Jun 18, 2019
A Ranch Camp Shabbat
Sunday morning began as a fresh start, the Havdalah ceremony the night before separating Shabbat from the rest of the week. As campers spread across camp to enjoy their activities, their spirits were still lifted and their hearts still content from the Shabbat celebrations that began on Friday.
Though JCC Ranch Camp is, as the name suggests, a Jewish camp, not every member of the community is Jewish or even religious. This, however, does not hold anyone back from enjoying this very special time at camp. In fact, the diversity among both campers and staff alike lends itself to making Shabbat celebrations at camp a unique experience, which is hard to get anywhere else. People from all walks of life have the opportunity to discuss what Shabbat means to them. From returning campers sharing how celebrating at camp is important to them, to new campers finding another facet of camp life that bonds them more closely to their new community. Non-Jewish campers are able to connect to their spirituality in ways that are comfortable for them, and Jewish campers get to experience services they may be used to in a new environment, praying surrounded by the trees around them, the sky above them, and the roots of flowers and grass beneath.
Fridays start out the same as most other days, activity groups and cabins scattering joyfully across the camp grounds. But by lunchtime, the anticipation of Shabbat is palpable in the air. After Menucha, each unit cleans an area of camp, preparing not just themselves but their environment and their community for the Shabbos ahead. Situated as we are in so much wilderness, it’s acceptable (and sometimes even encouraged) to get a little dirty during activities, but on Shabbat, everyone gets to take some extra time for themselves, showering and dressing up before services.
The services themselves take place in the pavilions, the camp community gathered together once again. Facing away from all the other buildings, the view behind the pavilions is lush and green, pine trees rising above a large meadow where the occasional horse can be spotted – this Friday was especially memorable, as services were paid a visit by a pair of deer. As we moved through the different prayers, every voice at camp rose together in song. In between prayers, individual voices were highlighted as cabins six and seven, among others, came onstage to share what certain prayers meant to them or reasons why Shabbat at camp was meaningful to them. This camper participation is part of what makes Shabbat here so special. The kids are not merely watching the services. They are a part of the services.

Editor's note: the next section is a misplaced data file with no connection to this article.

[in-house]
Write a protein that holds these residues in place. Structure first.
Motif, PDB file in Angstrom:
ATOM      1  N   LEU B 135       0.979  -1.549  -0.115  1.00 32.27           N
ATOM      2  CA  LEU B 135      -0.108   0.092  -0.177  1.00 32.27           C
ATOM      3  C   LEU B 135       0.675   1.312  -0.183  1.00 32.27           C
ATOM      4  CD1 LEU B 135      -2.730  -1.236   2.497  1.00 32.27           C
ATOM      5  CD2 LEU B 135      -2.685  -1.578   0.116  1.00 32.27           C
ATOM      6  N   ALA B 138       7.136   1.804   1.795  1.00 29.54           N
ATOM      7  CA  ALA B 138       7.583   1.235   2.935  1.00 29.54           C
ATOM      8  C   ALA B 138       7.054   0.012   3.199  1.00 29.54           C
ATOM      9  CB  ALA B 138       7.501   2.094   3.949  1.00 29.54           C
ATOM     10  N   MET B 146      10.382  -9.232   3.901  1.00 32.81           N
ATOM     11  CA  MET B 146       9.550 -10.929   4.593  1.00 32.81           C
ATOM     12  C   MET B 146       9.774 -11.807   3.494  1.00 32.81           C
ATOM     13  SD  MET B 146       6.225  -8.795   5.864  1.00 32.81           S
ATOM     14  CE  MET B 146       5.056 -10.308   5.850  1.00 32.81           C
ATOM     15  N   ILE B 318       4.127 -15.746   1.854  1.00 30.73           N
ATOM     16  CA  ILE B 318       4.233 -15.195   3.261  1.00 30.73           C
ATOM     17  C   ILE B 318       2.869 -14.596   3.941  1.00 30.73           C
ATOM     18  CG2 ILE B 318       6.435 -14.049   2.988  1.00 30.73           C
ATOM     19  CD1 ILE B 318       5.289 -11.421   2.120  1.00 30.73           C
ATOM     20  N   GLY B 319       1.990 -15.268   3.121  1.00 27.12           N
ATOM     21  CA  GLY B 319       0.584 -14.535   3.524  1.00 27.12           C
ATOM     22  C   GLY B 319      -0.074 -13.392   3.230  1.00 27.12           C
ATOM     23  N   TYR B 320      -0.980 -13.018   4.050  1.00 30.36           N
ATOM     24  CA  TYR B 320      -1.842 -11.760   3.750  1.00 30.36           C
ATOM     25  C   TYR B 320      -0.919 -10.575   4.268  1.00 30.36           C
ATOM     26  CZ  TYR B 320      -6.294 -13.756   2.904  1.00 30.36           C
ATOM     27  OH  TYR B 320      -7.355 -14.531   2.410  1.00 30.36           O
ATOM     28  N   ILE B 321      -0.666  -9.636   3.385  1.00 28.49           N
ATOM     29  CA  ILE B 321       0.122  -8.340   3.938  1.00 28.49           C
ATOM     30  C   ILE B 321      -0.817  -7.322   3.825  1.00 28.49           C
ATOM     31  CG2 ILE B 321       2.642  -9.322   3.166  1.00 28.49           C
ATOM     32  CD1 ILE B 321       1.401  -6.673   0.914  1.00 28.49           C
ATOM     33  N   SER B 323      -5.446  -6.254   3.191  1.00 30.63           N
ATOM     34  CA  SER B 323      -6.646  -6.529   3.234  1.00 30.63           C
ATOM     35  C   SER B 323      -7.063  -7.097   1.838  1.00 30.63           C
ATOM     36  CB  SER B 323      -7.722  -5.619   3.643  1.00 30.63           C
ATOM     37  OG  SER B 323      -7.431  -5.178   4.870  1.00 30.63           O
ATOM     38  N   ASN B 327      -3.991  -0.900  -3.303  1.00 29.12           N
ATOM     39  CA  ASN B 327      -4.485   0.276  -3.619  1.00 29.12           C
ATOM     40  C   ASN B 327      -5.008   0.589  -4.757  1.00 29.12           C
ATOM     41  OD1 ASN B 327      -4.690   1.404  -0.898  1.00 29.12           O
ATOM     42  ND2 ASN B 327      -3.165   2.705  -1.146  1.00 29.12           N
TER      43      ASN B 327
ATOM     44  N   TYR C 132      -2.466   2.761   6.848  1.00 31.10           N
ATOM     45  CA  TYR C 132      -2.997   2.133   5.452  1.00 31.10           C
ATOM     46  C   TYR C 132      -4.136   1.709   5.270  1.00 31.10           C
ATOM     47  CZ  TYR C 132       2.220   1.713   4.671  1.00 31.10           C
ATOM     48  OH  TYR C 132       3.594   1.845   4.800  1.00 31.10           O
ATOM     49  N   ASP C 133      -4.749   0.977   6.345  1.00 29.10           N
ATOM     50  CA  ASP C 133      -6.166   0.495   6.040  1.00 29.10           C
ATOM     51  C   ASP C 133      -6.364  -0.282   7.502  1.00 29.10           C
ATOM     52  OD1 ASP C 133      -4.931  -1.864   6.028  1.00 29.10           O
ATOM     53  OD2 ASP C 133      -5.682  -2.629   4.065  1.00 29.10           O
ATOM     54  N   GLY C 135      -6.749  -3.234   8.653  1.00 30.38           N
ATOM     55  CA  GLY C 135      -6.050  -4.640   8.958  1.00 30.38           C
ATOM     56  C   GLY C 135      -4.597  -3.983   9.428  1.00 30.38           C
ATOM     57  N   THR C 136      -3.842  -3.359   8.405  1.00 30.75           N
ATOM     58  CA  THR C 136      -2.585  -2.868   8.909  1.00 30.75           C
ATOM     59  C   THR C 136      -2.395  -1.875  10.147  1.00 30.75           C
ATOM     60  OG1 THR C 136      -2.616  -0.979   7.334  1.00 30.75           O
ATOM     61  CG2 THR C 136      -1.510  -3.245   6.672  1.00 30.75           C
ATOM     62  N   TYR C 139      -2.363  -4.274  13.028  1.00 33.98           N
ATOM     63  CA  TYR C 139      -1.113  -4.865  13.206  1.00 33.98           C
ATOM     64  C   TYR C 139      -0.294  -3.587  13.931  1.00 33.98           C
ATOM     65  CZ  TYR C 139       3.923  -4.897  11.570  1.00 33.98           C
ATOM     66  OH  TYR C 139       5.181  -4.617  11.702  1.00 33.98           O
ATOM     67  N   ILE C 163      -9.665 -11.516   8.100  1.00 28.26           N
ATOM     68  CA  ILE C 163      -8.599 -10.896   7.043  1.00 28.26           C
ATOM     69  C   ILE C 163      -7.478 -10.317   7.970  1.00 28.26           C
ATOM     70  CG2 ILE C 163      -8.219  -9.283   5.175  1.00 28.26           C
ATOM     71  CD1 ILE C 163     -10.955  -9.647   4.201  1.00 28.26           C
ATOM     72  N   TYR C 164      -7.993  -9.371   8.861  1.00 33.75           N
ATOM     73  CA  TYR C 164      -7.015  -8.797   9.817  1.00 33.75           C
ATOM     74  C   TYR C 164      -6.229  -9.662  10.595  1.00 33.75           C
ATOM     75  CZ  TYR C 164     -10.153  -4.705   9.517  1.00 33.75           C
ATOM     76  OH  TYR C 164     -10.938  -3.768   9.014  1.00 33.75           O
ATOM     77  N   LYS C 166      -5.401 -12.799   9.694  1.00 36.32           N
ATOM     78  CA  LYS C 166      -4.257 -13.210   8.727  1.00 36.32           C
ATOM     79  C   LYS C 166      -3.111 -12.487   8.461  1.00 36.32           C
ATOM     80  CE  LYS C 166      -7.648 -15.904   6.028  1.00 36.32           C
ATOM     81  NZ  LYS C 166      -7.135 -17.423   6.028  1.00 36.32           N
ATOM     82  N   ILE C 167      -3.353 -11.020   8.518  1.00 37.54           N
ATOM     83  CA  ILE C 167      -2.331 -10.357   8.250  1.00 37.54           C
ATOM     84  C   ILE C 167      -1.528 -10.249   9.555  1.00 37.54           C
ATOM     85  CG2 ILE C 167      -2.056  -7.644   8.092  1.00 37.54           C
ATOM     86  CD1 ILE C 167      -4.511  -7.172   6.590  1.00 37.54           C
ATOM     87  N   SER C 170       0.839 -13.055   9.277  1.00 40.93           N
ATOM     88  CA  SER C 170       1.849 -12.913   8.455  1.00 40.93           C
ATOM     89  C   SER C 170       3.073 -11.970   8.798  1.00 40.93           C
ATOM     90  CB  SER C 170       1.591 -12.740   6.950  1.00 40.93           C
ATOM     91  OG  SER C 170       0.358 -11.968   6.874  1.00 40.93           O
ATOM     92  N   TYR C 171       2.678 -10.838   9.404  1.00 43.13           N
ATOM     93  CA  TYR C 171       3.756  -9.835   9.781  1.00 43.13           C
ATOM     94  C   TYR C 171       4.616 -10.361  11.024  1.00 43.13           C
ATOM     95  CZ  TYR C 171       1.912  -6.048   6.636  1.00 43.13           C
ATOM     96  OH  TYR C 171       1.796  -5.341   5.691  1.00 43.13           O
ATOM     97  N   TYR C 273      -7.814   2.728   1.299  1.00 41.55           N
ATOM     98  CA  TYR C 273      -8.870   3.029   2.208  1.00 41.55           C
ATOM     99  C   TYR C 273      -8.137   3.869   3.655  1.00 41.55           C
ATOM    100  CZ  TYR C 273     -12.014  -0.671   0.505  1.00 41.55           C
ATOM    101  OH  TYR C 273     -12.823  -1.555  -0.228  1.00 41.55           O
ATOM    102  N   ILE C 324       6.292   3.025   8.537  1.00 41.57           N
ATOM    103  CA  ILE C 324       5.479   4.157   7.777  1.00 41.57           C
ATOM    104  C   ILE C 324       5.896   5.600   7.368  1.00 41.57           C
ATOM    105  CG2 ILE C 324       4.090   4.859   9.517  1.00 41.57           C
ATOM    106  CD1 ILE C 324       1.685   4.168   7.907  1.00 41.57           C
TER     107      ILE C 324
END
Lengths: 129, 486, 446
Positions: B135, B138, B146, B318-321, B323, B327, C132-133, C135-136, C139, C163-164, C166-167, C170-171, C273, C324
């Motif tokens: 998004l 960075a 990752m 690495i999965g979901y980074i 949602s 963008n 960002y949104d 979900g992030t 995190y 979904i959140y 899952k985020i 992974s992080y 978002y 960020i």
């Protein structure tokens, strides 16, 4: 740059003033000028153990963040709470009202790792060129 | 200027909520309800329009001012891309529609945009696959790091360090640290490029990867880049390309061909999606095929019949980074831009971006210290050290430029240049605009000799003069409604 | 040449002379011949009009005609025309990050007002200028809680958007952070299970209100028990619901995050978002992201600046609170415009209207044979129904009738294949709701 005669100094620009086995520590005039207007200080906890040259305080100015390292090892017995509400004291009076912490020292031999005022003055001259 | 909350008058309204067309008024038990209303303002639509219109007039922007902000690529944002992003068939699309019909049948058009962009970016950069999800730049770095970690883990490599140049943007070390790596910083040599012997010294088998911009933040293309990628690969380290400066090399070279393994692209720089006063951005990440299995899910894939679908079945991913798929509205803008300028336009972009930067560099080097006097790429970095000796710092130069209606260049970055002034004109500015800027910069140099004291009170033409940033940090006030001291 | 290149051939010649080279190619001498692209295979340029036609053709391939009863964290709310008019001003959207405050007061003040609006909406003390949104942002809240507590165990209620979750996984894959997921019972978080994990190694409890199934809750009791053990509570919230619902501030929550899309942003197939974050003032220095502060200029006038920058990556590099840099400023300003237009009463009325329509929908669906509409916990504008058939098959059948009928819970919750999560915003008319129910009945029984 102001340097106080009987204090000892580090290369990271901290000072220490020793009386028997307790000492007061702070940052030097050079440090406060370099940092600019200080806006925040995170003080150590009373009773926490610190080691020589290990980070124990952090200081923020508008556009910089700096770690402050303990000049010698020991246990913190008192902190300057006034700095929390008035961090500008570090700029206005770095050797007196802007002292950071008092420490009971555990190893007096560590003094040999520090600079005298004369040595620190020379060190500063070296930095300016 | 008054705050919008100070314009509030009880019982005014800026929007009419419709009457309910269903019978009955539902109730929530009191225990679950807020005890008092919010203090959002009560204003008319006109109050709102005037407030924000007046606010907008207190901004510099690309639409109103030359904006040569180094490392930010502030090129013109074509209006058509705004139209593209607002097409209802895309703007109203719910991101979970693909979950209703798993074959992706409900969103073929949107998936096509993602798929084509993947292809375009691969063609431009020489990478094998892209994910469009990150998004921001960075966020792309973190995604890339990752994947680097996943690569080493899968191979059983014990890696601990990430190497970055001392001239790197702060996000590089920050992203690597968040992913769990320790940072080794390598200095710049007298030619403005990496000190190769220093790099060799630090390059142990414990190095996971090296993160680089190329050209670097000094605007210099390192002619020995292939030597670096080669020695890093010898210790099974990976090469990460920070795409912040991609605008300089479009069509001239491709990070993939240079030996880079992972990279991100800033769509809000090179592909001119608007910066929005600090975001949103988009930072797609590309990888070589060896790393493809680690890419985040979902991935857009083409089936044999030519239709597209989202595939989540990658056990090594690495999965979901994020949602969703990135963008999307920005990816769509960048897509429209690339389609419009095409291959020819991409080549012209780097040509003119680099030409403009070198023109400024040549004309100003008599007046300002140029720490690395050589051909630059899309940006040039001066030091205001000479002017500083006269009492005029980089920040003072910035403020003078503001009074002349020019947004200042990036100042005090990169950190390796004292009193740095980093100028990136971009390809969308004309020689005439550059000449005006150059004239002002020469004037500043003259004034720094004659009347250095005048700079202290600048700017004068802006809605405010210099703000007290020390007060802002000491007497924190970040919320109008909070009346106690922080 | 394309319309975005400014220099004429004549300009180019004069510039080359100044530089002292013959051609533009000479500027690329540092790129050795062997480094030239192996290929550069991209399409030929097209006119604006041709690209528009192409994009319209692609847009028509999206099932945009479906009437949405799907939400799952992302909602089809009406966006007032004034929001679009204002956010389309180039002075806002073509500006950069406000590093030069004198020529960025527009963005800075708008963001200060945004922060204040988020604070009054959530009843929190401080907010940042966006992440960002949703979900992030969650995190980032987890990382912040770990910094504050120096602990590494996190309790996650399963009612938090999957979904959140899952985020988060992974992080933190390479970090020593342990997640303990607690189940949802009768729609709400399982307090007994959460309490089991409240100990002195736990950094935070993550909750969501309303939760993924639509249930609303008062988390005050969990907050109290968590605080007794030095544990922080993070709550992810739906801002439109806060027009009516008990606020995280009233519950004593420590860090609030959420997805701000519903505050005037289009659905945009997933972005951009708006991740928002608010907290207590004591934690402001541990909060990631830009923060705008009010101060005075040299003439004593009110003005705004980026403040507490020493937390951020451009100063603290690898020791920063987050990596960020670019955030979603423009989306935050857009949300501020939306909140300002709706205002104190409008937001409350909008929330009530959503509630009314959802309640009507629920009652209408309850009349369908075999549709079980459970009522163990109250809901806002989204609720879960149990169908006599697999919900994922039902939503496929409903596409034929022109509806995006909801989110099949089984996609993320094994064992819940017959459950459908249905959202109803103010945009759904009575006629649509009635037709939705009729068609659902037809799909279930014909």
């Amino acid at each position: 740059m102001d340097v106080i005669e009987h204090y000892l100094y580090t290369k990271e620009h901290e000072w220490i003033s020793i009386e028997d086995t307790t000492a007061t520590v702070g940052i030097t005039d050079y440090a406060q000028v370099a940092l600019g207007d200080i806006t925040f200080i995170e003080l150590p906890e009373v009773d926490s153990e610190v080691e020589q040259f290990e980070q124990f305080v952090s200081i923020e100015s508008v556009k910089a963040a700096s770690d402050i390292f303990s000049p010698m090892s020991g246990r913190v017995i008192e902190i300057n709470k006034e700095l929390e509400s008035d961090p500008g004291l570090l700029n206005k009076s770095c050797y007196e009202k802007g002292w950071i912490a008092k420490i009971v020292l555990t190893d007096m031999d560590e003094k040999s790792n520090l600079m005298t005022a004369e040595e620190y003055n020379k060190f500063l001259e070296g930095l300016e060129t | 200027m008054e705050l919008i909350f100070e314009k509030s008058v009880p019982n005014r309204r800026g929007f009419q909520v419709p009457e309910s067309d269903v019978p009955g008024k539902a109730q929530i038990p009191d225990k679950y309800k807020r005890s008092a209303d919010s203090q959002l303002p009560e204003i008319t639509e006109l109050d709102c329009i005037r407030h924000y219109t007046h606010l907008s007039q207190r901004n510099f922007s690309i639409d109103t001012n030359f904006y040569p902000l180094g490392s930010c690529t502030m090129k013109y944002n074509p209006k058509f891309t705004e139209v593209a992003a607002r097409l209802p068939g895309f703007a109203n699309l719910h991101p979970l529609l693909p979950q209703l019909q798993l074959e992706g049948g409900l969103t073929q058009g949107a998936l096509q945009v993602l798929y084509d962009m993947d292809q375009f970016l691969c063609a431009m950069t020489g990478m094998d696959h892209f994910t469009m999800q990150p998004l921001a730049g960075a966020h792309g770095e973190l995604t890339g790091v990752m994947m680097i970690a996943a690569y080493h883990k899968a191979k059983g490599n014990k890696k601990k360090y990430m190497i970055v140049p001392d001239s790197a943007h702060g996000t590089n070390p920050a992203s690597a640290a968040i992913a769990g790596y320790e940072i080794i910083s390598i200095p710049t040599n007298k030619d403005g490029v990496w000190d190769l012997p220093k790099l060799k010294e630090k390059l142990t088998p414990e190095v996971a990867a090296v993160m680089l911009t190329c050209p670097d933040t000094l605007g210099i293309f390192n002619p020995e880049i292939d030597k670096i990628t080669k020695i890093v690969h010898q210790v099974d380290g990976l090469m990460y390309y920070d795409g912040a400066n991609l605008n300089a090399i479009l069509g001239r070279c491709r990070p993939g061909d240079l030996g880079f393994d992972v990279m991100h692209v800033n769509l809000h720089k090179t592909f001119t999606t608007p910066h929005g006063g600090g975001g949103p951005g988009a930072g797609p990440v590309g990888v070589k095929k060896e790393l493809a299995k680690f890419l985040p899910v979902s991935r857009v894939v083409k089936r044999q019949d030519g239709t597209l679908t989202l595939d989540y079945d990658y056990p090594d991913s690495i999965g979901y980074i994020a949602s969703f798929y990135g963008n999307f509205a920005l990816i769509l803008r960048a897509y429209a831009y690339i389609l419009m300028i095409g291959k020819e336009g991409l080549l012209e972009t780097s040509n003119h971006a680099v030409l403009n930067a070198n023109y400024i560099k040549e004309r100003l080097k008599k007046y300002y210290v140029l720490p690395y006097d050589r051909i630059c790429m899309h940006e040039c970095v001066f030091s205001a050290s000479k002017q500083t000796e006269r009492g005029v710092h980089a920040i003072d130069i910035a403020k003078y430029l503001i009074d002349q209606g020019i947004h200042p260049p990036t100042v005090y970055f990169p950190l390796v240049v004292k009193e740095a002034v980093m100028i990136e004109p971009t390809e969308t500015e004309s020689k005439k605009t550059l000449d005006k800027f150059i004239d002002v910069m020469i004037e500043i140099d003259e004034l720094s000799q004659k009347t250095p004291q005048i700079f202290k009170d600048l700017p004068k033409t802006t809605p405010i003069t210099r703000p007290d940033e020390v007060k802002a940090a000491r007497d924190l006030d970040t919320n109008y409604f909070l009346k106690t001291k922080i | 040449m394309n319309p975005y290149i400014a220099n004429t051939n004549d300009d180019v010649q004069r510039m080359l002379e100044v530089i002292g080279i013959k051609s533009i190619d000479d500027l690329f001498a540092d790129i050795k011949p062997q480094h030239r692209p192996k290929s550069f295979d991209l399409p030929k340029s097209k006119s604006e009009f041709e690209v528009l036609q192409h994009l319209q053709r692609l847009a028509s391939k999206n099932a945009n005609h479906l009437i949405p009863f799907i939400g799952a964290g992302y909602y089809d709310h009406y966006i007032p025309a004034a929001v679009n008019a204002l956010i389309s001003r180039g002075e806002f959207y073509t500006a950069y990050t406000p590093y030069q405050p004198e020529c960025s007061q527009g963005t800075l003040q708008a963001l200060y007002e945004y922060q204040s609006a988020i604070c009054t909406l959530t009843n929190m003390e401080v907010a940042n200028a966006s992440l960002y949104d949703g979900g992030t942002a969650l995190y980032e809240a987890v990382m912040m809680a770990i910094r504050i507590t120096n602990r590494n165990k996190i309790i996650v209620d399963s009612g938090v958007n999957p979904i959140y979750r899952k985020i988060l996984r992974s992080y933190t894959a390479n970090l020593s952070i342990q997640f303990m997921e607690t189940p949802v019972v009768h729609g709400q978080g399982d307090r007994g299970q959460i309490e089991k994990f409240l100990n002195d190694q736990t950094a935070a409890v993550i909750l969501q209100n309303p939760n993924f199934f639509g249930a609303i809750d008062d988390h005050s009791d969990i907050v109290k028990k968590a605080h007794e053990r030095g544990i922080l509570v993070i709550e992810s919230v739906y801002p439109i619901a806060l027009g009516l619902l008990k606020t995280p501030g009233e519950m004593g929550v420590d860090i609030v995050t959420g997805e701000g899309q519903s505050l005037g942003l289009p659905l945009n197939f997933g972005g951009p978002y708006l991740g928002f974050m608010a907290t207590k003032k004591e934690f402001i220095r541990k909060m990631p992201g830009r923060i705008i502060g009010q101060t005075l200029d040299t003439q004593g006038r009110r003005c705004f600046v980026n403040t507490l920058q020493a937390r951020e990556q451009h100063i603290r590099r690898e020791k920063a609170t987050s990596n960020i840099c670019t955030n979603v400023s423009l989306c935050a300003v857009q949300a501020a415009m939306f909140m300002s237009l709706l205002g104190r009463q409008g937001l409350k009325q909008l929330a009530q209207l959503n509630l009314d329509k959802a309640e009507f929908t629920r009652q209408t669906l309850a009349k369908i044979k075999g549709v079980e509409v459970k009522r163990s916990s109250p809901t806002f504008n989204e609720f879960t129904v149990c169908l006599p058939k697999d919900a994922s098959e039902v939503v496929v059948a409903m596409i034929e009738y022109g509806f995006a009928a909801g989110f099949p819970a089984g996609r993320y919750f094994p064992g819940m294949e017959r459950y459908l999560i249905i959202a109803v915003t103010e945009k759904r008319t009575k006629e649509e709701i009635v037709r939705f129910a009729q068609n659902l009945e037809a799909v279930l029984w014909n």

Next is dinner, always highly anticipated. One of the most memorable signifiers of Shabbat for many campers, Friday night dinner is different from the rest. Cabin mates can sit together or split up as they please, perhaps taking the opportunity to reconnect with friends they have met in Chugs, spend more time with members of their activity groups, or catch up with siblings. Instead of getting up for their food, they are served a traditional Ranch Camp Shabbat dinner at their tables (brisket, potatoes, vegetables, and matzo ball soup), the delicious food made even better by the company of friends and the gathering of voices for the songs and prayers we do before and after the meal.
Every part of Shabbat at camp is unique and memorable, a clear separation between Shabbos and the rest of the week – however, the most anticipated Shabbat celebration for many campers does not come until after dinner: Israeli dance. The morning dance activities, enjoyed by all, serve a higher purpose as well. Once every activity group has participated, the entire camp knows the dances to the songs, some new and some old. This way every age group and experience level can participate in the Friday night dance together. Though the sun may edge closer towards the horizon, spotlights keep the basketball court warm and bright, a shining spot of activity and life in the otherwise quiet evening. Music blasts though speakers as the community dances together, synchronized not just physically but in heart as well. As the energy eventually winds down, spirits remain high, everyone seated in a circle together for one last song session. This is one of the only times at camp when every single person is in one place together, and the presence of everyone is felt in the words and sounds of the music.
The last song we sing is Ose Shalom, a prayer for peace. Though we may pray for peace in the world and in our lives, the peace felt at camp was already present that night. This peace, fostered by the services, the community, the wonder of the natural world, would carry the community forward to the next day. Through walk-in breakfast and services, shiur and free activities, dinner and Havdalah, the feeling of peace will always be present, making itself known through the interactions of each and every member of the community. This peace may be brought on by Shabbat, but it will stay in the mind of everyone as they wish each other shavua tov and prepare for the incredible week to come.